Rand seesaws on slew of news - TechCentral

Rand seesaws on slew of news

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The quick succession of news that South Africa’s economy shrank by 1,2% in the first quarter of 2016 followed by news that ratings agency Fitch had spared the country from junk status sent the rand on a quick roller-coaster ride.

“The GDP number was worse than expected with the usual suspects of mining and agriculture being the hardest hit,” said currency expert Adam Phillips of Umkhulu Consulting. “I think we all felt the first quarter would be hard, but the figures are very poor.

“Within minutes, Fitch kept our rating and stayed with stable rather than go to negative,” Phillips said.

“There was a move up to R14,99/US$ on the GDP number, but the Fitch news has allowed it to come back to R14,85,” he said.

Fitch affirmed South Africa’s foreign investment grade credit at “BBB-” and surprisingly kept its outlook stable, but it warned that political and growth concerns should be addressed.

Statistics South Africa said mining and quarrying fell by -18,1%, which was the main cause of the 1,2% contraction in the GDP figure, which was “worse than the markets expected”, according to Nedbank.

“The economy will struggle to grow in 2016 but it is expected to expand by 1 % in 2017,” it said.

“Commodities, oil and steady offshore equity markets have also helped,” Phillips said. “Finance minister Pravin Gordhan was talking earlier and I think everyone is in agreement with what he stated, that it is now time to do something about the economy and not just say what we are going to.”

Gordhan said negativity towards emerging markets created chaos in the markets, which didn’t help South Africa. The negativity “dilutes and exacerbates in very quick succession”, he said. “The changing mood doesn’t help us.”

“What would help is if the political heat could be dialled down,” Phillips said. “In front of the local elections, I am not sure that is possible. Can we stay in the high R14s/$? There must be a good chance, but don’t look for too much strength.”

Economist Mike Schüssler thinks the Fitch decision to keep its outlook stable shows South Africa did the public relations game well by talking to the agencies.

In Schüssler’s view, South Africa now has more than six months to work a lot harder at economic growth. However, that hard work has not been done yet.

Labour expert Terry Bell said the news of the economic contraction was not good for the already struggling poor in South Africa.

“The news comes off ever increasing fuel prices, food inflation and unemployment rates,” he said.

“The food prices have risen faster than increases in social grants. So the child support grant, which went up R20/month, has fallen behind by more than R50 in terms of the increase in the food price.

“It costs more than R570/month to provide a nutritionally adequate diet for a young child. The child grants currently stands at R350/month.”

Responding to news that Fitch did not downgrade South Africa to junk status, Robert Jeffrey, MD and senior economist at Johannesburg-based advisory service Econometrix, said: “It’s great news.”

“It will help stabilise the markets. It diminishes the chances of a downgrade in December, but the country will still have to implement measures to fix the economy and boost growth.”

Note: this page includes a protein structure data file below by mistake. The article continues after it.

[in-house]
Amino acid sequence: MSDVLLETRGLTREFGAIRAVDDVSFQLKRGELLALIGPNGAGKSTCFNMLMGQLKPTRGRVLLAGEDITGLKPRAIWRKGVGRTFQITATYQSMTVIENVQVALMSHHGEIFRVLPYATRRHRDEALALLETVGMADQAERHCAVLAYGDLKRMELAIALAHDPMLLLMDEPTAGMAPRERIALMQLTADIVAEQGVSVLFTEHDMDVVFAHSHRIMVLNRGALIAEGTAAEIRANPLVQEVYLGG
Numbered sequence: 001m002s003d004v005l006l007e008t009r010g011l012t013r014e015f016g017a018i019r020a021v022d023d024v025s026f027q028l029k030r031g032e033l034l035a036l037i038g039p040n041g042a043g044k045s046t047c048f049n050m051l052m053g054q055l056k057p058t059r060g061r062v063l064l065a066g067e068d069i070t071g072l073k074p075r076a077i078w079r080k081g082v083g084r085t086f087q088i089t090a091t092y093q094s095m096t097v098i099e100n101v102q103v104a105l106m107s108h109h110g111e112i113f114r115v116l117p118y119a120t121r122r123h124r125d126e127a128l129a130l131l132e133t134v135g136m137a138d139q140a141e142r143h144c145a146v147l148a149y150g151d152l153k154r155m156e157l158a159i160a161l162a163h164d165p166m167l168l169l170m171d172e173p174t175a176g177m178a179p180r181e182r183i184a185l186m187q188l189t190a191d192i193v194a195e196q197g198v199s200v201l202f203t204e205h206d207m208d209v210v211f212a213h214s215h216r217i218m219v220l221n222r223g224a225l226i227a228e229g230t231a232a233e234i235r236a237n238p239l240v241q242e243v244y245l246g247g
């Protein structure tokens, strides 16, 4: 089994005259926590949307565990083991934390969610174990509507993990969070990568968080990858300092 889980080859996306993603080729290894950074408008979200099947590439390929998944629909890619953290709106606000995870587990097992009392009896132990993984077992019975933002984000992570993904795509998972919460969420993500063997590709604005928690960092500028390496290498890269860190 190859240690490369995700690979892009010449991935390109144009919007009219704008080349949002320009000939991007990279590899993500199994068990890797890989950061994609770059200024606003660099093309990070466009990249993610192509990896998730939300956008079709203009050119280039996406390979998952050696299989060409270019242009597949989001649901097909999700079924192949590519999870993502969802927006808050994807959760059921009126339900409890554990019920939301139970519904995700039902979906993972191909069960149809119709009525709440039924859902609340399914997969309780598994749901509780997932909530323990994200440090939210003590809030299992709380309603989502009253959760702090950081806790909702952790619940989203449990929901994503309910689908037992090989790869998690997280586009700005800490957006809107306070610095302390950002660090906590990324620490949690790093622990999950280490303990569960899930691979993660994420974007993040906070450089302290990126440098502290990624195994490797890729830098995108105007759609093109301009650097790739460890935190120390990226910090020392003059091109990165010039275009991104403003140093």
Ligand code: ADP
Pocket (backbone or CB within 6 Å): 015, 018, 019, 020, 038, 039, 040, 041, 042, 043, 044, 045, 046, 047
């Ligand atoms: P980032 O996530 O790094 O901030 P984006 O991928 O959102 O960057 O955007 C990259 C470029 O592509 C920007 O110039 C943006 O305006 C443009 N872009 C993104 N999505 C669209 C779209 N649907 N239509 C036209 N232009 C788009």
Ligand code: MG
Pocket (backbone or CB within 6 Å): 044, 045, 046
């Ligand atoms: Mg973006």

Fin24

  • David Robert Lewis

    Only way out is for PIC to become a Soveriegn Wealth Fund guaranteeing each and every South Africa citizen agains the pitfalls of poverty. NO to bond market dictating our future. We have every right to demand a social wage, which must include Affordible Housing, Rental Stablisation, Income Equalisation, Socialised Health Care, Free Education and a generous gift to each and every citizen. Redistribution via the ballot and taxman is far better than land grabs and other barbarism.

  • Marcan

    Holy Moly, what a totally misguided, delusional, economically ignorant claptrap is this now.
    “We have every right to demand a social wage, which must include Affordible Housing, Rental Stablisation, Income Equalisation, Socialised Health Care, Free Education and a generous gift to each and every citizen.”

    Can you please retreat to your pie-in-the-sky cloud cuckoo land.
    We already have more than enough “masses” demanding, protesting.Toy-toy and destroy.

    Because wages of the formally employed have ballooned totally out of control in SA, especially in the public sector, combined, with a terribly fickle labour climate, low productivity, enormous corruption, and political instability, SA has become economically completely noncompetitive.
    The economist Dawie Roodt stated on SAFM a few months ago that civil servants are 50% overpaid. And we easily can shed 30 to 40% of them.
    SA is suffering from serious Economic Denialism.

    But maybe you are still dreaming of SA’s Lula moment, or believe in the great socialist paradise of Hugo Chavez and Nicolas Maduro.

    Please educate yourself first on the basics of REAL economics.

  • David Robert Lewis

    In the same breath you bemonaing the fact that we have “”masses” demanding, protesting.Toy-toy and destroy.” If we don’t embrace an inclusive system, call it socialism or what you want, we will end up with a crude strongman in power seizing control of the land, abolishing banks, ripping up private equity and so on. Instead of the Zanu-PF model, we need to rather create a system which guarantees each and every citizen a social wage. South Africa can afford such a system backed by a market economy, the country has more mineral wealth than the wealth kept in bank vaults of Switzerland. Your criticism of my proposal smacks of bigotry and racism. People said exactly the same thing when I proposed to put sustainable development, earth rights and information rights, inside the Constitution.